It was the chance for a weekend get-away spot that spurred Florence Petersen and four friends to purchase a small cabin at Alta Lake in the mid ’50s.
At the time, the valley was a quaint summer fishing resort with only a handful of year-round residents. In the years following, the valley would transform from its humble beginnings into the internationally renowned four-season resort we now know.
With so much change taking place in the ’70s, early pioneer Myrtle Philip and Cypress Lodge owner Dick Fairhurst confessed to Florence a worry that the early days would soon be forgotten. Florence eased their fears by promising them that she would somehow ensure that their stories would be remembered and, true to her word, Florence started the Whistler Museum and Archives as a charitable non-profit society.
Since incorporating on February 12, 1987, the Museum’s basic function has been to collect and preserve the history of the Whistler Valley and to display, educate and disseminate information about Whistler’s history and its role in the greater society of British Columbia and Canada.
To that end, the Museum collects and preserves artefacts, archives and oral histories. To date we have acquired some 275 feet of archival records, including documents and photographs. Our collection includes 2332 artefacts; 80 oral interviews that have been conducted, digitized and transcribed; approximately 300,000 photographs, both negatives and prints; 150 hours of video (VHS, SVHS, DVD, DVcam, hi8 and U-Matic formats); and 13.5 hours of film in both 8mm and 16mm.
In order to make the Museum’s information easy to access there is a consistent ongoing project to organize, catalogue and digitize its collection. The artefact collection is 99% catalogued. 150 archival collections have been catalogued and are available online at the Museum’s ICA-Atom archival database. Approximately 42,000 photographs have been digitized to archival standards. The Museum endeavours to interpret the history of Whistler and the Museum’s information collection for visitors and the community with its exhibits, walking tours, blog and programs such as our very successful Discover Nature Project.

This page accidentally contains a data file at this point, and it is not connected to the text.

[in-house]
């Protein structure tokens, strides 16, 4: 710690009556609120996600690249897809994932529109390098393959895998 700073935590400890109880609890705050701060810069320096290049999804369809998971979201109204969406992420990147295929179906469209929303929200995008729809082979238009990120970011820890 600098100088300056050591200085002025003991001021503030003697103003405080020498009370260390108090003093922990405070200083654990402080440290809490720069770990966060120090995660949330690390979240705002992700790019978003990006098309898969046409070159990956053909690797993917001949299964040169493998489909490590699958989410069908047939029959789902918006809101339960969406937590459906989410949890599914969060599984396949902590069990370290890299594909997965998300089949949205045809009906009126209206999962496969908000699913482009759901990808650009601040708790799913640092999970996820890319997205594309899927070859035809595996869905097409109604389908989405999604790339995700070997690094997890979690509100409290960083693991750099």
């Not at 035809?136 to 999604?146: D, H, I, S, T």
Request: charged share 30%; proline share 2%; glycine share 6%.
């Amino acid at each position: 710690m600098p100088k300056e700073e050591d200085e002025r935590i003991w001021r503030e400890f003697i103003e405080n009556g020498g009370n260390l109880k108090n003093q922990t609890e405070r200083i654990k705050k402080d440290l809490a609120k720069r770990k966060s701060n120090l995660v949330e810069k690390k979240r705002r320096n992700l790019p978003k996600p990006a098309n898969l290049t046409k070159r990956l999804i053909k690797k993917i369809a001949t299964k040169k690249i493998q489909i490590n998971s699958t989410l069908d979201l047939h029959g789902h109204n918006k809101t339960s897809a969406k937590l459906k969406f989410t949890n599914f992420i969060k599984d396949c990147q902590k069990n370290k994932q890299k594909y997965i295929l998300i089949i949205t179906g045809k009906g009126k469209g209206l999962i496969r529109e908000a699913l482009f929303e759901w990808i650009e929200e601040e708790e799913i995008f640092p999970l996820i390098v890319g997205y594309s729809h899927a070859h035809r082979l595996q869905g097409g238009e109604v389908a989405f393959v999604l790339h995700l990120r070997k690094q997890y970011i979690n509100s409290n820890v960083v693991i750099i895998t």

2016 was the busiest year in the Museum’s history in terms of exhibit visits, with a 7% growth over 2015 (another record year). We hope to continue our momentum in growing our numbers in regards to both our exhibit visits and the amount of material that we can make available to the public.
A special thank you to everyone who has volunteered, donated, visited our exhibits, attended our events, read our stories and helped spread the word about Whistler’s fascinating heritage over the past 30 years.
The Whistler Museum would like to invite you to our 30th Anniversary Open House on Sunday, February 12, 7:30 – 9 pm. Join us for an evening of food, music and free admission to explore the museum, venture into the archives and meet our staff. Everyone is welcome and we hope to see you there.
Rainbow Ski Village, ” Whistler’s other Ski Hill ” Beau’s restaurant , handbuilt log ski jump all on same property ….sadly very rarely spoken about .
Unfortunately the information we have on the Rainbow Ski Village is pretty limited. We do have a menu from Beau’s restaurant in our archives and we recently received a brochure for the Ski Rainbow Ski School but it is definitely a gap in our collection. If you have any information, photographs or artifacts that could help fill in this gap, please come by and visit us – it would be great to add to our knowledge of this era of Whistler’s history and we are always excited to add to our collection of oral histories.
Thanks for drawing our attention to this – we look forward to finding out more!
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There is a typo in the caption for the photo of the five owners of Witsend: Getty Gray should be Betty Gray.
Thanks for noticing – it has been fixed!